A voltage comparator, as its name implies, compares two voltage signals at both inputs (+ & -) and determines which one is greater. The voltage comparator is one of the simplest example of how logic can be applied in a circuit.
Being able to compare two voltage inputs is very handy in certain situations. Some sensitive circuits might not be able to handle a certain level of voltage. A Comparator can be utilised to check an input voltage with the threshold voltage to ensure that the input won't damage the circuit. Another use of Comparators is to check on the condition of the external environment. For example, a comparator can be utilised to check if the moisture of the soil is too low through checking the conductivity of the soil.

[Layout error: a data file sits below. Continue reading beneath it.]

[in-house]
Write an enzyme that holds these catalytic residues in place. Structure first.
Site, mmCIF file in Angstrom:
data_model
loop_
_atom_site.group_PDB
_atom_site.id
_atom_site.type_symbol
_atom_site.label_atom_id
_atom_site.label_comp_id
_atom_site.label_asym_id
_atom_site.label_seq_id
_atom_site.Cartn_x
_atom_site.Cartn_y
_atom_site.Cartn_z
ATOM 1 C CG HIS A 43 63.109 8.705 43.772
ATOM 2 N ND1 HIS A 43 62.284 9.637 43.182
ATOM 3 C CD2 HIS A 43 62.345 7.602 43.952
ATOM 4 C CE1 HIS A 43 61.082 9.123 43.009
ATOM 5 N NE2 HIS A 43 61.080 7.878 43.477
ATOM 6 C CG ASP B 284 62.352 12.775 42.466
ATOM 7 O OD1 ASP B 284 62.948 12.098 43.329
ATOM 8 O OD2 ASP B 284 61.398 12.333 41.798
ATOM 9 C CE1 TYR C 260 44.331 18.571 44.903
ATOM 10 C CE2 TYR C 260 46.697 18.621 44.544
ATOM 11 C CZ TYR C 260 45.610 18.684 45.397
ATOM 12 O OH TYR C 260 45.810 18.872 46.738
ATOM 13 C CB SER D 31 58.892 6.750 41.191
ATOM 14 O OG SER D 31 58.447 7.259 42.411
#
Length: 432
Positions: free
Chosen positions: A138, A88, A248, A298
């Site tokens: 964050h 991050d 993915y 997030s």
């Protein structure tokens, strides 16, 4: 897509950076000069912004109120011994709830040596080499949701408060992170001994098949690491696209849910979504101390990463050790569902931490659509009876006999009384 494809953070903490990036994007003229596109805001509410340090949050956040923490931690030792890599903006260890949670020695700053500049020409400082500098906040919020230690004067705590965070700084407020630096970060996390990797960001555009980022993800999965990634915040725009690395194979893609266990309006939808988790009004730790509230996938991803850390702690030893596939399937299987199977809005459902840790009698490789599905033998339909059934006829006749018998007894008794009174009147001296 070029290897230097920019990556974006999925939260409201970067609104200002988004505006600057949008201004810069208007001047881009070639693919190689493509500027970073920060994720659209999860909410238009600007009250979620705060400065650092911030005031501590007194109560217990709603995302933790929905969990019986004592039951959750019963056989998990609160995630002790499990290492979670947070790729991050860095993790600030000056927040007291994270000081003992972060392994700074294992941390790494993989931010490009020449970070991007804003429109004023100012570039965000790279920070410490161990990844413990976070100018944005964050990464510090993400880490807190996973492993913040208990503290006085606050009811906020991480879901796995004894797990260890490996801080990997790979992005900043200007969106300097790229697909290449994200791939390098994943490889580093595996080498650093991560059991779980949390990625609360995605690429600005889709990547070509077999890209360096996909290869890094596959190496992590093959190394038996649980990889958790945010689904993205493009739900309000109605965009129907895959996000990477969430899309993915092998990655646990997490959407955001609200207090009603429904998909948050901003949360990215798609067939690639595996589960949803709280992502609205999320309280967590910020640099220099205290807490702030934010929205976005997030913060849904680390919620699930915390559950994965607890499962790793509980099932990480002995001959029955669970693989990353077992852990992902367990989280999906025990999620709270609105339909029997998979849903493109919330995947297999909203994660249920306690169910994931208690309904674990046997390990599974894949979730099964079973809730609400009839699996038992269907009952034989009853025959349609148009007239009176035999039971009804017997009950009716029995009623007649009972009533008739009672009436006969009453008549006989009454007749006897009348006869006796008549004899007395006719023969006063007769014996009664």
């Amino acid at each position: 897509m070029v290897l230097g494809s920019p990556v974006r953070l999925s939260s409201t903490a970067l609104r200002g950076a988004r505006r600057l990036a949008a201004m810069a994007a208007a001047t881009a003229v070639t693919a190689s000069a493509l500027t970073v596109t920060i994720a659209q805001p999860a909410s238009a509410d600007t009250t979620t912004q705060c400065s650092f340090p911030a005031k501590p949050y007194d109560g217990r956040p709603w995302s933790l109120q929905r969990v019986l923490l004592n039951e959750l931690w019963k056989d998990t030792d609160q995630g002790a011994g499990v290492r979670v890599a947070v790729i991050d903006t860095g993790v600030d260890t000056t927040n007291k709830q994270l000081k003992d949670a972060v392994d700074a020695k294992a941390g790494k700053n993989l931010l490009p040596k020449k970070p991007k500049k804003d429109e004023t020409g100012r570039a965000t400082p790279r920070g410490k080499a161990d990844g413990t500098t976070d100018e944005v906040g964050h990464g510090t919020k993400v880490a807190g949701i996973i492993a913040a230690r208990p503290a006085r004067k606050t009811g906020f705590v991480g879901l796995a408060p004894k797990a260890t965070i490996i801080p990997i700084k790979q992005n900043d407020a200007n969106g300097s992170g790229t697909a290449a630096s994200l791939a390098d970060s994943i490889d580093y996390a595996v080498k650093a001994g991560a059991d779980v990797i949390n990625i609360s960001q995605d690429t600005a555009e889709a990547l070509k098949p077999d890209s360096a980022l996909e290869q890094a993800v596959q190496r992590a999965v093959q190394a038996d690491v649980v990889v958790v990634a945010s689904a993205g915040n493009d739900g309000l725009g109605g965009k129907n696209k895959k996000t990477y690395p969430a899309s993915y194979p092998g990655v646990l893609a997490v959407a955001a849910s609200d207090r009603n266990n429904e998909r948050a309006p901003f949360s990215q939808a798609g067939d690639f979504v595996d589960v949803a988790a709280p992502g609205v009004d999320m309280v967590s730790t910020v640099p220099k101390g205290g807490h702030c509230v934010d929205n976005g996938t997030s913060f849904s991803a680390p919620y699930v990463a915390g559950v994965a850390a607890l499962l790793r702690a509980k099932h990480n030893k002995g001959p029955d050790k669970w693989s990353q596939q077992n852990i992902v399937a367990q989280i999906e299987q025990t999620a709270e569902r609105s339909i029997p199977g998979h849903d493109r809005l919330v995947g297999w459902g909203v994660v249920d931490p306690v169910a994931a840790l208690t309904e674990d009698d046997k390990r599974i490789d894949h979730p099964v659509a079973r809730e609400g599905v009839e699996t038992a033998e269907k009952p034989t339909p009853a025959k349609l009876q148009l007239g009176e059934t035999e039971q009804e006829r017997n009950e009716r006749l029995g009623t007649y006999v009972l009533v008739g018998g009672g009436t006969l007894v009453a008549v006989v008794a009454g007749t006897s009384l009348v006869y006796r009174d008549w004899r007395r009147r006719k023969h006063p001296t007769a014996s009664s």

In essence, the LM393 chip is a dual-comparator, meaning that it can perform such task with two different signals. Here's how it works:
Open collector type outputs can only sink current. This means that there is no true output from a collector but rather that a current or voltage must be supplied to the output terminal from a source elsewhere in the larger circuit.